I remember the debate going on when restaurants were first being required to post the calorie amounts next to each dish. It was absolutely shocking. One pasta dish at BJ's or Cheesecake factory can be 2700+ calories. If someone were to eat that for a casual dinner, they would be consuming over double the calories they are supposed to eat in a day. There isn't a reason the portion sizes have to be so large. Is it so the restaurants can charge more? Maybe. Or they want to expand our stomachs so we continue to eat more of their food? Either way, the large portion sizes are leading to increased obesity as well as heart conditions from the cholesterol and a lazier society overall. 
    I will continue to try to reduce my meal sizes so I eat until I am full and prevent overeating. I want to be able to save more food, which will ultimately save the planet and my wallet.
  • Reflection Question
    Food, Agriculture, and Land Use Learn the Truth About Expiration Dates
    How does knowing the difference between use by, sell by, and best by dates empower you to make better decisions?

    Danielle Berejikian's avatar
    Danielle Berejikian 6/03/2021 3:01 AM
    When I first read this title, I was a little confused as to what "the truth" could be. I thought it was basic, use before the best by/use by dates and a little after the sell by date. But this article is something that should be publicized so much. DID YOU KNOW YOU DON'T ACTUALLY HAVE TO USE FOOD BY THAT DATE. IT WON'T HURT YOU OR KILL YOU, YOU ACTUALLY HAVE A COUPLE DAYS AND SOMETIMES WEEKS AFTER THAT DATE TO EAT YOUR FOOD! It's crazy. I have thrown out a decent amount of fresh food in my life because I thought some crazy infection or something would happen to me if I ate it! I had also seen food items just past the expiration date in the back of grocery stores on the "sale" racks and thought someone just forgot to clear it off the rack, or I never grabbed it because I thought it was crazy that the grocery store would try to sell bad food. But now I know! I will stop replacing food right after the listed dates, giving me more time to enjoy the food I buy, and wasting way less food. If everyone knew this trick, food waste would be significantly reduced, and people would feel much more comfortable buying the food on the sale racks in stores. This could help lower income families afford more food, as well as reduce the absurd amount of food and plastic (wrapping) waste that Americans generate each day. After reading these articles, I was curious as to what else I could be saving or what other secrets were hidden in food waste.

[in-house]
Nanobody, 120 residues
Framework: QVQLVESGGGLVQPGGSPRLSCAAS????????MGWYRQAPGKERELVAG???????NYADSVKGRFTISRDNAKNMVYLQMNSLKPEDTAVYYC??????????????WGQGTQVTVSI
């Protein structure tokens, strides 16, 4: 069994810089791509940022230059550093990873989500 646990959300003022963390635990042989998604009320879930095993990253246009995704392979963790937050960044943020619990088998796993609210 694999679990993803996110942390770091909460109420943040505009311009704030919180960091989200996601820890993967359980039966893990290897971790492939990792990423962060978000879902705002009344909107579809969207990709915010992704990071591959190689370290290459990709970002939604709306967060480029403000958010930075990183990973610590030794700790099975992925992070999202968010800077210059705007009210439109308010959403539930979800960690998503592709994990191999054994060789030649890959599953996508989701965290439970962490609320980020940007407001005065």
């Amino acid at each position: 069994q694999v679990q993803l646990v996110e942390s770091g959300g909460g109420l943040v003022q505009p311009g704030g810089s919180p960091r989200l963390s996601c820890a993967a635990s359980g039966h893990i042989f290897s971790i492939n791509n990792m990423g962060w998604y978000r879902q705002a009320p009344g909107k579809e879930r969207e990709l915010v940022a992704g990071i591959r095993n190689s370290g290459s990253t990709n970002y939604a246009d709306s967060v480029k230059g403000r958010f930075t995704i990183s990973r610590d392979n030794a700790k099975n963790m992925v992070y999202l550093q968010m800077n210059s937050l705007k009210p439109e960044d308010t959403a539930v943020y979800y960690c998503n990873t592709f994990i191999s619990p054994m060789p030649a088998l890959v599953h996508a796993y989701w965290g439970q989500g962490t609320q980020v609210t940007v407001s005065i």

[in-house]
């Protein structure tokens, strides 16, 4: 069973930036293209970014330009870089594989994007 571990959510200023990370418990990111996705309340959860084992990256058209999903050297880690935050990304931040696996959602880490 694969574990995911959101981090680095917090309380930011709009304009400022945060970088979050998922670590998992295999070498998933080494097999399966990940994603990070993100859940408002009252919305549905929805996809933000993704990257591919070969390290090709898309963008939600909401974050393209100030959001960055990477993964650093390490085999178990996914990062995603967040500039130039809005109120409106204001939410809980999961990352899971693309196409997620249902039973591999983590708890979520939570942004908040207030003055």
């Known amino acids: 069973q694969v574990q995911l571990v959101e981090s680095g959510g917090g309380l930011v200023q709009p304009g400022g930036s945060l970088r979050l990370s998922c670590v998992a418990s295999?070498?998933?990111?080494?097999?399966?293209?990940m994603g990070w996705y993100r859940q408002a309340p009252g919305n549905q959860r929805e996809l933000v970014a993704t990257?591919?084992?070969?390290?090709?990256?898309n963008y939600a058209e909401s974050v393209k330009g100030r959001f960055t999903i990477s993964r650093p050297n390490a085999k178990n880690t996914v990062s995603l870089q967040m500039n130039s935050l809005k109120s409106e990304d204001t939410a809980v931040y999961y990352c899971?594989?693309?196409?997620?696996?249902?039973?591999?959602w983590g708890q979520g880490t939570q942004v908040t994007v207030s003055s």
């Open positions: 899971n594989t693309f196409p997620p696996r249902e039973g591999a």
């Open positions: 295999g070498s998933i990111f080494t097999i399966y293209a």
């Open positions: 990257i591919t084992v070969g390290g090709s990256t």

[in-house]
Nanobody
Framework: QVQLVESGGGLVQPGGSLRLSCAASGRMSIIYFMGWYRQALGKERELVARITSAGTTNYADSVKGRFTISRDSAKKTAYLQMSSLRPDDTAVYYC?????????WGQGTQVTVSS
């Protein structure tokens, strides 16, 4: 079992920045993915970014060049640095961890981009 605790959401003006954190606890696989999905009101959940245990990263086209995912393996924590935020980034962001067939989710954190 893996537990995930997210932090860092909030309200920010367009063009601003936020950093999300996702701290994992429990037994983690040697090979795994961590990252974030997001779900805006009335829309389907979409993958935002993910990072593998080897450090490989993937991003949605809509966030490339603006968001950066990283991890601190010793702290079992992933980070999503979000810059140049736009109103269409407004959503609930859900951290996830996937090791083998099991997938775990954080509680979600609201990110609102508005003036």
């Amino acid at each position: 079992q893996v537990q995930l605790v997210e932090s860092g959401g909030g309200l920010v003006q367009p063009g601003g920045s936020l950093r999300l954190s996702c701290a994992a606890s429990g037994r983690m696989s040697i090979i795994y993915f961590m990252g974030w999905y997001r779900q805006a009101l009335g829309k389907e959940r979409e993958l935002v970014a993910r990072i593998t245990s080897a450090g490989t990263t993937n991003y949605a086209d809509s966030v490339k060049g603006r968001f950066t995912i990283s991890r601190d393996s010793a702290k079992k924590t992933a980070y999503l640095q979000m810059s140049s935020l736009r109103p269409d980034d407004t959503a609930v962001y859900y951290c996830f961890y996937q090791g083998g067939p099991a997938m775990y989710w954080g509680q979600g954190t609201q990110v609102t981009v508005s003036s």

• Reflection Question
    Action Track: Healing & Renewal Eat Mindfully
    Mindful eating is healthier for us than eating with distractions. How does your eating experience differ when practicing mindfulness?

    Danielle Berejikian's avatar
    Danielle Berejikian 6/03/2021 2:51 AM
    I often found myself eating with some sort of noise or distraction on in the background. As a student who works 35+ hours per week, I don't get many breaks, and because it seemed like everyone was so into watching Netflix or Hulu or the newest movies, I would turn them on in the background to watch them while I ate. It honestly felt more like an obligation than something I enjoyed. My roommate recently took a psychology/therapy course and told me how she no longer eats with a screen in front of her, more so thinking about her day or her plans or anything that came to mind. I started to try it, too, and found it kind of relaxing? Sometimes I would sit with her and we would eat together but not talk, sometimes we would carry extravagant conversations about the most absurd topics, but never anything stressful. It is such a nice break to be away from a screen, especially with everything online. I had always thought TV or Instagram was a "break" from class and school, but it doesn't compare to the space and feeling of collectiveness that distance from a screen does. Anyway, I thought it was crazy that this was something you guys chose for us to do for ourselves, and was so excited that more people would be appreciating the change. I have really enjoyed this activity and will definitely be continuing this in the future.